Previous studies recorded nociception from neonates being nursed supine or prone or even on their side. To keep experimental settings constant, we recommend keeping one position especially when performing a study with several participants. We found that performing the measurement in a supine position worked well. We performed the flat-tip probe stimuli on the neonate's hand. Positioning and handling of the neonate may be easier if applying the stimuli to the hand compared to the foot. The foot in fact is more commonly used in studies, however, we found that stimulating the back of the hand can be easier than accessing the foot. Reflex withdrawal is a useful additional measure of nociceptive activity, which can be incorporated into a multidimensional assessment of pain in this challenging non-verbal population17.

Despite avoiding any discomfort and movement artefacts there is always spontaneous neuronal activity. Thus filtering and averaging is important in order to attenuate the background noise and visualize the event related potential. Also, repetition of flat-tip probe stimuli, e.g. 50, strongly improves the signal-to-noise ratio. To analyze the data, time-locking of all the measurements is crucial.

A further technical challenge in neonates shortly after birth is the presence of vernix caseosa coating the skin of newborn infants including the head, which is why their skin needs to be cleaned carefully with an extra prepping paste even when active electrodes are used. In our opinion, active electrodes are better suited for this method than passive electrodes because they are less sensitive to external movement on the wires. Also, they are easier to use since they accept higher impedances due to the inbuilt pre-amplifier. However, passive electrodes can be used as well.

For data analysis, we used the method described by Hartley et al.6,11. Another method is the time-frequency analysis demonstrated by Hu et al.18.

Taken together, the technical methods, setup, and interpretation of the results require a trained team with preferably two people doing the measurement, one applying the stimuli while the other is checking the EEG. If the neonate is unsettled, the EEG will be contaminated with movement artifacts and it is not possible to perform the measurements. Also, because of validity, it is mandatory to have a certain number of stimuli, which can be challenging.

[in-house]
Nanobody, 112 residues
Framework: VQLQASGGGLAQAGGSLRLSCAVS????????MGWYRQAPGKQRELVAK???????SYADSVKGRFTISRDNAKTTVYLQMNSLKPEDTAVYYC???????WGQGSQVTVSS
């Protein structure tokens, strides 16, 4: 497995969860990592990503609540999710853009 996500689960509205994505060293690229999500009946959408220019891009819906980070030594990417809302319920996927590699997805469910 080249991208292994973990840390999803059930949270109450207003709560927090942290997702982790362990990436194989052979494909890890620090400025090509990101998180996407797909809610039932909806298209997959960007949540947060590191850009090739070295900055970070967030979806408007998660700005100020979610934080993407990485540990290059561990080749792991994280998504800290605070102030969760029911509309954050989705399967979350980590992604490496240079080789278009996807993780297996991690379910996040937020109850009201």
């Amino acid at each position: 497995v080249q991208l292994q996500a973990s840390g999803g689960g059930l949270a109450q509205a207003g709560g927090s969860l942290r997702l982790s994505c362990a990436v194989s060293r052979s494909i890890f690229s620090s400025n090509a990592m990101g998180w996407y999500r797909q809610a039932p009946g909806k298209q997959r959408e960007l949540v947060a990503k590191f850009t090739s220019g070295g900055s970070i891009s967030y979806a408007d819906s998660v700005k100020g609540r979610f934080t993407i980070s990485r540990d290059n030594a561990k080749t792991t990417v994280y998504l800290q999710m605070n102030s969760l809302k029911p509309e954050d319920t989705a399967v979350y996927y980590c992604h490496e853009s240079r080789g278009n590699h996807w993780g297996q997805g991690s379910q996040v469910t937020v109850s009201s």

Nociception matures in early life and as early as 34 weeks' gestation the neonates' brain can distinguish between touch and nociception17. Under the age of 34 weeks' gestation infants are more likely to generate nonspecific neuronal bursts19 whereas in late-preterm infants starting at 34 weeks' gestation the here described method can be used11. This method opens the door for a variety of research investigations. For example, it could be used to test the impact of birth-related stress on nociception20 or to test the specific impact of various analgesic drugs in neonates and infants6,21. For example, the protocol presented here has been recently used in a study demonstrating the efficacy of topical local anesthetics in significantly reducing the noxious-evoked potential when a noxious stimulus was applied to a treated foot as compared to background activity or to the untreated foot11.

In conclusion, noxious-evoked brain potentials in EEG recordings make it possible to objectively investigate surrogate measures of pain perception in non-verbal patients. This method is applicable for use in the clinical setting in research investigations. By time-locking the flat-tip probe stimuli to the EEG recording it is possible to reliably evaluate the electrophysiological nociceptive response.

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The authors have nothing to disclose.


The authors would like to acknowledge Caroline Hartley and Rebeccah Slater (Department of Paediatrics, University of Oxford, UK) for critical reviewing our paper and Walter Magerl (Department of Neurophysiology, Center of Biomedicine and Medical Technology Mannheim (CBTM), University of Heidelberg, Germany) for supporting us with technical equipment and knowledge.


Name Company Catalog Number Comments
Easycap EASYCAP GmbH AC-32-C EEG caps for infants sizes 34 and 36
actiCAP Brain Products GmbH BP-04243-SIG active electrodes
ImpBox Brain Products GmbH impedance measurement
V-Amp Brain Products GmbH EEG recording device
Contact trigger for pinprick stimulation MRC Systems GmbH
PinPrick stimulator set MRC Systems GmbH
EEG prepping paste USB Pharmacy contains sodium chloride, pumice stone, propylene glycol
SuperVisc EASYCAP GmbH Electrolyte-Gel for active electrodes
Brain Vision Recorder Brain Products GmbH
Brain Vision Analyzer Brain Products GmbH

Swartz Center for Computational Neuroscience, University of California San Diego For EEG processing, including averaging of all EEG epochs